Why you should care
Because sometimes it takes the right coaching to unlock potential.
The first innings of an April game found Cubs pitcher Jake Arrieta wild and erratic. He had trouble locating his sinker. He walked multiple batters.
But sometime in the sixth inning, the pitcher found his groove — and metamorphosed into the Beast that legions of Chicagoans know and love. “His command got better,” conceded manager Joe Maddon, which may be an understatement: Arrieta struck sluggers out looking and swinging, induced soft ground balls and lazy pop flies. By the end of the game it was a certified rout — 16-0 — and the first no-hitter of the MLB season. Jake Arrieta had spun out a whopping 119 pitches.
Start slow, bloom late. That’s Arrieta’s M.O., not just within games but throughout his career. Today the 30-year old is a 6-foot-4, 225-pound pitcher who looks like an intimidating Paul Bunyan. He stares down batters 60 feet 6 inches away from him before choosing one of five nasty pitches that can break down, toward or away from batters at varying velocities in the mid-90s, high-80s — and occasionally a devastatingly slow curve in the high-70s. His throwing arm is a massive, muscled thing connected to a body that generates power through violent torque. And he is arguably the best pitcher in Major League Baseball (sorry, Kershaw, Syndergaard). He ran away with the Cy Young award last season, and his stats the past two years are historic.
Few would have imagined such success when, in 2007, Arrieta was a fifth-round draft pick, or when he was playing ball at a no-name junior college. Heck, Arrieta wasn’t even the best pitcher in his high school league. But after a year at that junior college, Arrieta’s luck shifted. A scout from Texas Christian University, a feeder school, came to a game to check out another player — but the scout couldn’t help but notice Arrieta’s heat. In a matter of months, Arrieta was TCU’s Friday-night starter. His resilience stood out: “Even when things were going bad, he acted as if things were going good. Things never got to him,” recounts one of his former TCU coaches, Derek Matlock.
And he was fearless. Arrieta tried to compete with David Price, who’d soon become the No. 1 draft pick, according to another TCU coach, Jim Schlossnagle. As part of a workout, Price swung a huge medicine ball back and forth on the end of a metal chain; when it crashed against the cinder block wall it sounded “like a thunderstorm.” Ten minutes later, Schlossnagle heard the same cacophony: This time it was Arrieta, who’d never tried the exercise before, kicking up the storm.
But when he got the call to the big leagues, Arrieta proved a shaky starter. “This doesn’t bode well: Jake Arrieta is Baltimore’s Opening Day starter,” snarked one NBC sports headline. With an ERA above five, Arrieta lost his spot in the rotation and was demoted to the bullpen. He tried to make the best of it: “It’s going to allow me to get some of the thoughts and emotions out of my head,” he told reporters. Yet, any mental calm didn’t translate to results — and Arrieta later told Sports Illustrated that he struggled with the Orioles’ pitching coach.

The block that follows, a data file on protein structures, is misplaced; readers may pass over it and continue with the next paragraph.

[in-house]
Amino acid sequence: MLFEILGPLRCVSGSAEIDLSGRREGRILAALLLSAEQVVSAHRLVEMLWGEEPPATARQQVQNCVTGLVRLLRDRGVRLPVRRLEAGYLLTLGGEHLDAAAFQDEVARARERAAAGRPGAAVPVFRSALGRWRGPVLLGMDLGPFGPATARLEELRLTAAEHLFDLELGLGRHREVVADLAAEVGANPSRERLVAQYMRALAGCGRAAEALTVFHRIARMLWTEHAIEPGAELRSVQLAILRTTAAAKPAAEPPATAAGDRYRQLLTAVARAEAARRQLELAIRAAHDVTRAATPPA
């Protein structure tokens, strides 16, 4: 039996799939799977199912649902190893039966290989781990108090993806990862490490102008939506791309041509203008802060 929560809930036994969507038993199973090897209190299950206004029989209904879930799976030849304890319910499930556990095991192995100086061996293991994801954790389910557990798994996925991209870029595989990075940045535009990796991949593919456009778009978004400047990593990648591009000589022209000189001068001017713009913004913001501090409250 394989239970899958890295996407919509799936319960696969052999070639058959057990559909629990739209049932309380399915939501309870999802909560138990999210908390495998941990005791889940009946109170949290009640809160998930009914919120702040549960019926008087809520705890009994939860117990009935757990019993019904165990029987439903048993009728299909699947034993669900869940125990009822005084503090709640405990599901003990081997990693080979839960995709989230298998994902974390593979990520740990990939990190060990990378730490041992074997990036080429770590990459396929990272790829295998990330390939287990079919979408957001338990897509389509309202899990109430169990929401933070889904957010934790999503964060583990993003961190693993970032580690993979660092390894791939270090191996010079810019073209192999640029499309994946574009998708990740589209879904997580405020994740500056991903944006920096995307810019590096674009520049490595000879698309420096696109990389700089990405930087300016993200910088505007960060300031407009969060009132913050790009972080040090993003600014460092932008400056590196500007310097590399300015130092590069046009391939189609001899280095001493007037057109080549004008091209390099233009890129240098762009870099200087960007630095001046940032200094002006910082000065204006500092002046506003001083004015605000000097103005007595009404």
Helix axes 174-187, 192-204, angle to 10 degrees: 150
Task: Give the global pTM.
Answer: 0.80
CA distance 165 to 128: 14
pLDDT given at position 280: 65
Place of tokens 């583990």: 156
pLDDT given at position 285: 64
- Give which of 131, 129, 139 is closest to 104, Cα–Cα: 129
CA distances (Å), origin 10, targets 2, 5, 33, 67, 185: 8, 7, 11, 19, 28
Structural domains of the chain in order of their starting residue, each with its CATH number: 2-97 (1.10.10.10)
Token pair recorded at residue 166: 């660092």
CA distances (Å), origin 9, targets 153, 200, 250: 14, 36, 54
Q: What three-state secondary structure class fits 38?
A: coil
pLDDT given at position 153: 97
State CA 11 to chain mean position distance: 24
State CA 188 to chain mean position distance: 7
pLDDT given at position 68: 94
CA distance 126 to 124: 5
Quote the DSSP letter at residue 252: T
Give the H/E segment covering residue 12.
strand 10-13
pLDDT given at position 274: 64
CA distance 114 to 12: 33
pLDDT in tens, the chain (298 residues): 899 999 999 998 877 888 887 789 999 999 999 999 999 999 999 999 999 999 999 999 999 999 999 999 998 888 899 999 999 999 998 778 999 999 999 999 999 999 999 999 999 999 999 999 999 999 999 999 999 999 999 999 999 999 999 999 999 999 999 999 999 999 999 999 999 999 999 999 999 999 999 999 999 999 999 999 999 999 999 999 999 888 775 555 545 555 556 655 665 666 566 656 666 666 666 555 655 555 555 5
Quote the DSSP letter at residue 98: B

Since the Orioles traded Arrieta to the Cubs, he’s played like a bona fide ace. In one 16-start stretch, he went 15-0, with two no-hitters and a 0.53 ERA. His transformation has been so incredible that some wonder whether he’s taking steroids. Arrieta says no way; if people want to know his real secret, he says, they should check out his Pilates routine.
Is it any surprise that the Beast has found fertile ground in Chicago? In many ways, the Cubs franchise has taken Arrieta’s path. For more than a century, the Cubs have failed to win a World Series — some fans truly believe the baseball gods have cursed their team. But this year, the Cubs have flourished; they’re now one of the league’s winningest teams. As it turns out, there are more than a few late bloomers on the late-blooming squad. Utility player Ben Zobrist is batting at .300 this year — but his career batting average is in the mid .200s. Typically a middling pitcher, 37-year-old starter John Lackey is this year averaging an ERA in the low threes.
Still, there have been flashes of weakness in Arrieta’s past two seasons. In the postseason, Arietta choked; 230 innings took an inevitable toll. The way Arietta pushes his body to the extreme — coupled with his age — raises the possibility that he’s bloomed too late and might not have too many years left. Most recently, Arrieta has struggled to go deep into games, but he’s not worried. He’s been here before. “It’s not his fault or the pitching coach. It just happens. You lose feel and regain it and you’re yourself again. He’s an insatiable workaholic. He’ll fix it,” manager Joe Maddon said in a previous interview.
Every five days is a fresh start after all, and there’s no clock in baseball.